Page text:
SETTLE Town Hall could be transformed into a one-stop-shop for local services.

At a meeting of Settle Town Council this week, Craven District Council's chief executive Gill Dixon outlined plans for a major transformation of the listed building which could attract outside funding.

Mrs Dixon said the town hall currently generated around £19,000 in income annually, although the outgoings cost the district council around £90,000 a year.

The plans, for which a small-scale feasibility study has already taken place, suggest the premises incorporate a library and registry facilities including a wedding room, a 67 square metre function room, reception, washroom and staff facilities.

The building would also be turned around so the main doorway was at the opposite side facing the market square with a ramp access and attractive entrance. There would also be a lift to the first floor.

The top floor would remain as residential.

The feasibility study carried out by architects Wales, Wales and Rawson concluded that the proposal was "feasible and will not compromise the overall robustness and integrity of the structural form".

However, if the plans go ahead there will be no room on the ground floor for the shops which currently occupy three corners of the building, namely a flower shop, fashion shop and pet shop.

Mrs Dixon told the council that the proprietors of the businesses were aware of the suggestions and at least one had made inquiries about leasing retail premises elsewhere in the town.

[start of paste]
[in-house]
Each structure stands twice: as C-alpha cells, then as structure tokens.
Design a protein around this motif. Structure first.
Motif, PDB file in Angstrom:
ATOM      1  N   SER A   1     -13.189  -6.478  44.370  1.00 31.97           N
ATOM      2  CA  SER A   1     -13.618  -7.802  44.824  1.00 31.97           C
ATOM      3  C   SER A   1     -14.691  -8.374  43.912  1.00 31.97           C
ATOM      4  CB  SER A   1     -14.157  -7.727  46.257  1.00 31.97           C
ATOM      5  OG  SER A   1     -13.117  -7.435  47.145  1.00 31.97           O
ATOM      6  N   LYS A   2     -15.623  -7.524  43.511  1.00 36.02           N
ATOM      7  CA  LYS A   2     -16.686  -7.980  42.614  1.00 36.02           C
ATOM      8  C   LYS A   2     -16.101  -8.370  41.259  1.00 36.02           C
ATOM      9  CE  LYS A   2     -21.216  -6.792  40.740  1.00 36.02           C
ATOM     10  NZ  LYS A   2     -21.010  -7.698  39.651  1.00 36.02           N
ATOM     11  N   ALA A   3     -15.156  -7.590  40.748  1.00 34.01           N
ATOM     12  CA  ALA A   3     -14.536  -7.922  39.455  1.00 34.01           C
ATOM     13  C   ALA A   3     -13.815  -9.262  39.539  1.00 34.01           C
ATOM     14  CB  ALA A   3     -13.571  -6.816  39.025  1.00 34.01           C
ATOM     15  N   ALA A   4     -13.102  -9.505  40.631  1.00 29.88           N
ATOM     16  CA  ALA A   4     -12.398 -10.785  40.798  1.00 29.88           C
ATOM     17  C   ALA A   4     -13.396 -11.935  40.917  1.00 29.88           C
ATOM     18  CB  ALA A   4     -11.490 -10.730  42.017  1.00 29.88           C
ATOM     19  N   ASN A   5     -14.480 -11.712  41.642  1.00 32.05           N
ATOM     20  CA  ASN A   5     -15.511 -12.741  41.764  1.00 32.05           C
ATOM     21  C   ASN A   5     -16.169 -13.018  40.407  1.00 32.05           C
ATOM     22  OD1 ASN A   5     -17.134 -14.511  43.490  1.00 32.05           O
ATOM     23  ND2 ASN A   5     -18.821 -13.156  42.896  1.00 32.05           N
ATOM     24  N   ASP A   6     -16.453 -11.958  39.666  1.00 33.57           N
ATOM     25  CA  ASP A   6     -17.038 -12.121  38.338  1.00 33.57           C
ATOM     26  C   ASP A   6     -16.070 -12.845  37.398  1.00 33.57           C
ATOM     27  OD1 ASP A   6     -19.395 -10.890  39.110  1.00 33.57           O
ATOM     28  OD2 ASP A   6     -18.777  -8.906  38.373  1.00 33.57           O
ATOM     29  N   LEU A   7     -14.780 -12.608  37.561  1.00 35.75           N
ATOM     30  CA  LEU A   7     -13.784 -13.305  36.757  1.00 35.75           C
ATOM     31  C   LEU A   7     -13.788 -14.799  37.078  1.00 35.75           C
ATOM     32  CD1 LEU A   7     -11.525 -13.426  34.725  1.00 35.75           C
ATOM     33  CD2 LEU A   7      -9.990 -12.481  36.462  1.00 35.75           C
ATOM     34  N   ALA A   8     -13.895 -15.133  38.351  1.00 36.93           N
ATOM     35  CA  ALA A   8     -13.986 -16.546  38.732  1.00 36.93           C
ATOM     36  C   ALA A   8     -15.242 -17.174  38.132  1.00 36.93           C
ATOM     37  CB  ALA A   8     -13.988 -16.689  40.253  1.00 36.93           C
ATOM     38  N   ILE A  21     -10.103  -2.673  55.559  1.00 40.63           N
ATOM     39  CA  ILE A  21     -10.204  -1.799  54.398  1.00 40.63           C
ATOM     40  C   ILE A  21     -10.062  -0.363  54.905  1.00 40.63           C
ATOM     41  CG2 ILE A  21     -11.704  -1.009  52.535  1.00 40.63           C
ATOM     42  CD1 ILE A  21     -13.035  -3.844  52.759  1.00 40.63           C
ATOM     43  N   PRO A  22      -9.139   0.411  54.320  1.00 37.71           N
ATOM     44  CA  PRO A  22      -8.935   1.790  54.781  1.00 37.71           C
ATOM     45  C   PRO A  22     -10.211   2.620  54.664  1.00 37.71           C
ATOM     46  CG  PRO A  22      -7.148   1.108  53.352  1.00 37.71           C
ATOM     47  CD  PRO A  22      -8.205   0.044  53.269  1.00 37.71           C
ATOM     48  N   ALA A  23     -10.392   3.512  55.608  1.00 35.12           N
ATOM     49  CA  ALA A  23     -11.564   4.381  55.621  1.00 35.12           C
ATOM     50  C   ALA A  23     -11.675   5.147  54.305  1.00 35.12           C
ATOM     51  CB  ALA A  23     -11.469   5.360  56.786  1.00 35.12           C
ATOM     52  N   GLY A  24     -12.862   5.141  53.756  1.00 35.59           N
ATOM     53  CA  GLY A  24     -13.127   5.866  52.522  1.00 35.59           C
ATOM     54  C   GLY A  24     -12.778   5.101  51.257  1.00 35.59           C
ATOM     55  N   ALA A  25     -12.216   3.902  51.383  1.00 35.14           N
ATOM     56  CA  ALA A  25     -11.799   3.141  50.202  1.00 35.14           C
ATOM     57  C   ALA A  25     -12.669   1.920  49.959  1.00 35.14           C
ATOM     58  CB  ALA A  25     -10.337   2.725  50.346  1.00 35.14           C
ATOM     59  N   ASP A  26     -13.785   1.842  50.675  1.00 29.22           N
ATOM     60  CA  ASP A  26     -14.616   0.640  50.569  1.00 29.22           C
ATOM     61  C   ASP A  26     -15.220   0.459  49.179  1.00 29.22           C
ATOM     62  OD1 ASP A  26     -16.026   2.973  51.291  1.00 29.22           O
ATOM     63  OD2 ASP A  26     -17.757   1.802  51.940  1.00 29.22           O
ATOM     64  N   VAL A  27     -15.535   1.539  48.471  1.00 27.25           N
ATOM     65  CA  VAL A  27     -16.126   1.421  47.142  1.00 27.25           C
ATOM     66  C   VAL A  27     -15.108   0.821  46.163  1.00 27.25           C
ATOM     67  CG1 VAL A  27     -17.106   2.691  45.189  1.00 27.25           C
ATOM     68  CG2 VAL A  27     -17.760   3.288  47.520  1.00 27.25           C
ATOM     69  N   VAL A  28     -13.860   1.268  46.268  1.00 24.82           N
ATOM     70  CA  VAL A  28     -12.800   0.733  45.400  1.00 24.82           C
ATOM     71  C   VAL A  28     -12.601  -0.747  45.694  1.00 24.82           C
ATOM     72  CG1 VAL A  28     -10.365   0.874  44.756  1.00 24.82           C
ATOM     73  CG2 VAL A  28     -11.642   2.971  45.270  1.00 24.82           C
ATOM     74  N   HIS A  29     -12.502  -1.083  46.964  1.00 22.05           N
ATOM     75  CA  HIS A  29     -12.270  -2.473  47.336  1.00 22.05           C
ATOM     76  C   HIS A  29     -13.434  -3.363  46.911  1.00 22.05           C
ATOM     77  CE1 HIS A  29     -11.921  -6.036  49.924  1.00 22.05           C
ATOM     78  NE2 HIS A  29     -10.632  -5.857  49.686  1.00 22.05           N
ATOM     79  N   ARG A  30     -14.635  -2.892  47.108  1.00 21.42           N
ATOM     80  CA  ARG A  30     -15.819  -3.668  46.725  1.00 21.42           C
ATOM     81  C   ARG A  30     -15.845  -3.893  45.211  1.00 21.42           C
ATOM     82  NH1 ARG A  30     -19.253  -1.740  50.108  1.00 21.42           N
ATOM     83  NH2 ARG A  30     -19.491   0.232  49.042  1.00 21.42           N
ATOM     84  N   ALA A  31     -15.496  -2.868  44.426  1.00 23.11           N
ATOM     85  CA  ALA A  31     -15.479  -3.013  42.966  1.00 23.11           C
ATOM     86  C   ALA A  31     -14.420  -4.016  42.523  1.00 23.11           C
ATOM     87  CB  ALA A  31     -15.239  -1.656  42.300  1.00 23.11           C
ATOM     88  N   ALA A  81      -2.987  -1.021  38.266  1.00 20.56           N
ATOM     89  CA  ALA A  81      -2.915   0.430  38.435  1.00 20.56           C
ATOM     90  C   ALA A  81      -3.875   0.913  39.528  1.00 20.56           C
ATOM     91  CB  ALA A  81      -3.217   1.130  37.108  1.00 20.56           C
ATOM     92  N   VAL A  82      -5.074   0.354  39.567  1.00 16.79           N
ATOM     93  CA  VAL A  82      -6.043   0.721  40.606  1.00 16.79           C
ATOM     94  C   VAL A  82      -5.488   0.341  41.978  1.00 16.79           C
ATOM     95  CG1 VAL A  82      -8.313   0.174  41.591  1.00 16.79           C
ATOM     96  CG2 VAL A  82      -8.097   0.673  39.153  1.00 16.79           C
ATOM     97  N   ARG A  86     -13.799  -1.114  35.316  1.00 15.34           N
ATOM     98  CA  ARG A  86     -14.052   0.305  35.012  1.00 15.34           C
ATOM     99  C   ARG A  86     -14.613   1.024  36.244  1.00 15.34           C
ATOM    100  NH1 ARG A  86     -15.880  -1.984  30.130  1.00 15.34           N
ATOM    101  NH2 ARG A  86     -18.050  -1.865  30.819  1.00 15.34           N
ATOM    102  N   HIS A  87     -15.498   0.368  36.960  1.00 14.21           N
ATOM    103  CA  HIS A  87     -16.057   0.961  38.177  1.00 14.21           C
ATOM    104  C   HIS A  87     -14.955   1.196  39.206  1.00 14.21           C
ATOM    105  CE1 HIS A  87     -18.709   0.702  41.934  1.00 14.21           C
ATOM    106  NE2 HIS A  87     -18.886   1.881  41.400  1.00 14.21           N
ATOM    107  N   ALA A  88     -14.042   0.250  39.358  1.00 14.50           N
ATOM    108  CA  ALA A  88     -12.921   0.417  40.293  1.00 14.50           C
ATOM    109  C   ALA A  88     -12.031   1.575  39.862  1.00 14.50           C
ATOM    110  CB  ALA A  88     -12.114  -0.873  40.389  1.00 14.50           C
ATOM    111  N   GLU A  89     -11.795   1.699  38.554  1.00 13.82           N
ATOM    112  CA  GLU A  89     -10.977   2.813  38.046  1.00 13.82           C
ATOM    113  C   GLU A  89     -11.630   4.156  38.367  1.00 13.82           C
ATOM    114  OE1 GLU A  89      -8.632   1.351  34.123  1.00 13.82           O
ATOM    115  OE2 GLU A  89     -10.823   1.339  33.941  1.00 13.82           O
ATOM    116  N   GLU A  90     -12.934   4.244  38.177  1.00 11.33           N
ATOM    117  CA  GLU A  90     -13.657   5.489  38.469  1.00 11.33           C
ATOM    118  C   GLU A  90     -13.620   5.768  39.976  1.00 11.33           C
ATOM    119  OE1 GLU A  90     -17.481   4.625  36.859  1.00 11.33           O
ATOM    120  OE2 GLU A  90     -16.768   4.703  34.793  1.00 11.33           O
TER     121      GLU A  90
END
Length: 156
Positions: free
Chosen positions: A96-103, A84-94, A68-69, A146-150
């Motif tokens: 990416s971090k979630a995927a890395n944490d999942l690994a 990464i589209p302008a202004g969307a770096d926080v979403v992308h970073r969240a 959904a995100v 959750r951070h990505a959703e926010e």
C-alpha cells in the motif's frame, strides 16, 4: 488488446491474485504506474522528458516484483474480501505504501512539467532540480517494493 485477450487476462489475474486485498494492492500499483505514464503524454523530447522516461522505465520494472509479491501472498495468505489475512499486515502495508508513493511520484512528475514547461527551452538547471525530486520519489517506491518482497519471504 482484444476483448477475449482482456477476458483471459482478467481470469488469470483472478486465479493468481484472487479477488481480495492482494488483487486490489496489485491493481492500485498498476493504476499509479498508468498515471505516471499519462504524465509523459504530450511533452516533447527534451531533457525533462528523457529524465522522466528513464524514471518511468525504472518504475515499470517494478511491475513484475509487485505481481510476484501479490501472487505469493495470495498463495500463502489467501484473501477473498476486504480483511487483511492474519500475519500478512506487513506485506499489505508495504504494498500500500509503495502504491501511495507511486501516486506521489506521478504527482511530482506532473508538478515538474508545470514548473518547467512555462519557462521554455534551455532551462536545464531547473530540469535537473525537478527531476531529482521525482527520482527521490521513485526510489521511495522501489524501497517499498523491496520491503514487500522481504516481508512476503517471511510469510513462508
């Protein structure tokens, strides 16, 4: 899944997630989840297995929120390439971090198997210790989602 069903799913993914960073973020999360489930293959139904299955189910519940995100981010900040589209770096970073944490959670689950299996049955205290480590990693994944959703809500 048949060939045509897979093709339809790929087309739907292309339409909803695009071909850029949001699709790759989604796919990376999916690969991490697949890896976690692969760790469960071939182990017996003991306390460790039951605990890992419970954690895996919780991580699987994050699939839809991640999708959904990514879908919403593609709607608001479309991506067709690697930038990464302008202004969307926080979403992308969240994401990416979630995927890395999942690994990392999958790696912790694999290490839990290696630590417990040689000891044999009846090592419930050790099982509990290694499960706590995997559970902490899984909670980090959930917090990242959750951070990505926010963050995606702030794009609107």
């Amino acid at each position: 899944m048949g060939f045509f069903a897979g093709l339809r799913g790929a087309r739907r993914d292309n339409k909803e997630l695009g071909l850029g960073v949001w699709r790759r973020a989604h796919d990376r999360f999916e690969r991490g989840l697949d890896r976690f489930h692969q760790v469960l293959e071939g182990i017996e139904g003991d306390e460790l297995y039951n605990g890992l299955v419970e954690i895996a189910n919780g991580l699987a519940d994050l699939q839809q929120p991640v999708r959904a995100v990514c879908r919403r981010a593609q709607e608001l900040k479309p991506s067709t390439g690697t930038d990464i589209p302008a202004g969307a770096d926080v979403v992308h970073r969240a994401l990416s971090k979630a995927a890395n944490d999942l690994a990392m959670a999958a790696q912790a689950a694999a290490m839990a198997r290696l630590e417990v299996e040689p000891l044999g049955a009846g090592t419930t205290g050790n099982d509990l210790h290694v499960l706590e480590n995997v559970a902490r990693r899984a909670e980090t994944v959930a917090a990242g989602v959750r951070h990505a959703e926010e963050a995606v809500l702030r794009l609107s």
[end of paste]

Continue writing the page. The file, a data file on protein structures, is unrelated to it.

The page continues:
Coun David Heather said he was particularly concerned about the retailers and hoped the district council would ensure they were offered adequate alternative facilities and compensation.

Mrs Dixon said it was the council's intention to be fair with the traders.

Coun Trevor Graveson suggested more revenue could be generated if the building was refurbished to allow the whole of the ground floor to become retail.

He said the centre of town was the best place for retailers and that the police station - which is already favoured by the county council as a venue for its library and registry facilities - would be better suited for commercial or community use.

"I think you have got to go into more depth because I think if the ground floor was developed for retail it would be worth more than £40,000 a year," he said.

However, Mrs Dixon said keeping the retail premises meant they would not attract public sector funding from the county council for the project. It was also unlikely that other outside funding could be obtained.

She added that costs had not yet been fully worked out as only a partial feasibility study had been commissioned.

"Obviously we do not want to spend thousands of pounds on studies when we are not sure what everyone wants. I don't want our council to go down a blind alley," she said.

Mrs Dixon said other options for the building were limited, but included: doing nothing, which was not an option; sell for business use, which she said could prove difficult given the size of the building; demolition, also not an option; sell for residential, which would be difficult as there would be car parking problems and associated planning issues; and improve the existing uses which, given the current income and expenditure, would not be viable.

The town council agreed to discuss the matter and forward its views to the district council. If the current plans are favoured, a larger feasibility study will be carried out to look at costings.